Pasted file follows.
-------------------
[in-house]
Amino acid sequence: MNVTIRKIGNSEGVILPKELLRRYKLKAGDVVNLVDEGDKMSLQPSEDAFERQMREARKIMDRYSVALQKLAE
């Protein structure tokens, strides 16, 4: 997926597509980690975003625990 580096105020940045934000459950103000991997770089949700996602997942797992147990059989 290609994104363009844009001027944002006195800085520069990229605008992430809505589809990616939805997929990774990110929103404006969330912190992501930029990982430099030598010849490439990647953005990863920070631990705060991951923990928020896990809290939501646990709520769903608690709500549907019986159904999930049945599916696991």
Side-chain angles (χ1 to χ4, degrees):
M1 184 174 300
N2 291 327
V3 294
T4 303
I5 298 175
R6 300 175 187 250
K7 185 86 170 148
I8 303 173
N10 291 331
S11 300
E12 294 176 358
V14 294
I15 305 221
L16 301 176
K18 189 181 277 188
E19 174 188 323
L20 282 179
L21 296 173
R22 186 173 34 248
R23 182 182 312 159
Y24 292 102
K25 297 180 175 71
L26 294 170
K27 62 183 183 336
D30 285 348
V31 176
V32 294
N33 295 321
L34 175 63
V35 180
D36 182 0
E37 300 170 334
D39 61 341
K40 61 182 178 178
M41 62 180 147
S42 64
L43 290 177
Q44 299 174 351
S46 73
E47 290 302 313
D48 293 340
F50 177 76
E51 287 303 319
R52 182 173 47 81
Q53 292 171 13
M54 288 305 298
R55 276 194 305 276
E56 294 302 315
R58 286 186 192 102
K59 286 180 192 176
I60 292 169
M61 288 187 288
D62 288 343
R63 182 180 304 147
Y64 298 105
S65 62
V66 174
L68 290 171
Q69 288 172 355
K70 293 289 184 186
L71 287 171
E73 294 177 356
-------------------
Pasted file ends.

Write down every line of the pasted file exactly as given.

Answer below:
[in-house]
Amino acid sequence: MNVTIRKIGNSEGVILPKELLRRYKLKAGDVVNLVDEGDKMSLQPSEDAFERQMREARKIMDRYSVALQKLAE
């Protein structure tokens, strides 16, 4: 997926597509980690975003625990 580096105020940045934000459950103000991997770089949700996602997942797992147990059989 290609994104363009844009001027944002006195800085520069990229605008992430809505589809990616939805997929990774990110929103404006969330912190992501930029990982430099030598010849490439990647953005990863920070631990705060991951923990928020896990809290939501646990709520769903608690709500549907019986159904999930049945599916696991």
Side-chain angles (χ1 to χ4, degrees):
M1 184 174 300
N2 291 327
V3 294
T4 303
I5 298 175
R6 300 175 187 250
K7 185 86 170 148
I8 303 173
N10 291 331
S11 300
E12 294 176 358
V14 294
I15 305 221
L16 301 176
K18 189 181 277 188
E19 174 188 323
L20 282 179
L21 296 173
R22 186 173 34 248
R23 182 182 312 159
Y24 292 102
K25 297 180 175 71
L26 294 170
K27 62 183 183 336
D30 285 348
V31 176
V32 294
N33 295 321
L34 175 63
V35 180
D36 182 0
E37 300 170 334
D39 61 341
K40 61 182 178 178
M41 62 180 147
S42 64
L43 290 177
Q44 299 174 351
S46 73
E47 290 302 313
D48 293 340
F50 177 76
E51 287 303 319
R52 182 173 47 81
Q53 292 171 13
M54 288 305 298
R55 276 194 305 276
E56 294 302 315
R58 286 186 192 102
K59 286 180 192 176
I60 292 169
M61 288 187 288
D62 288 343
R63 182 180 304 147
Y64 298 105
S65 62
V66 174
L68 290 171
Q69 288 172 355
K70 293 289 184 186
L71 287 171
E73 294 177 356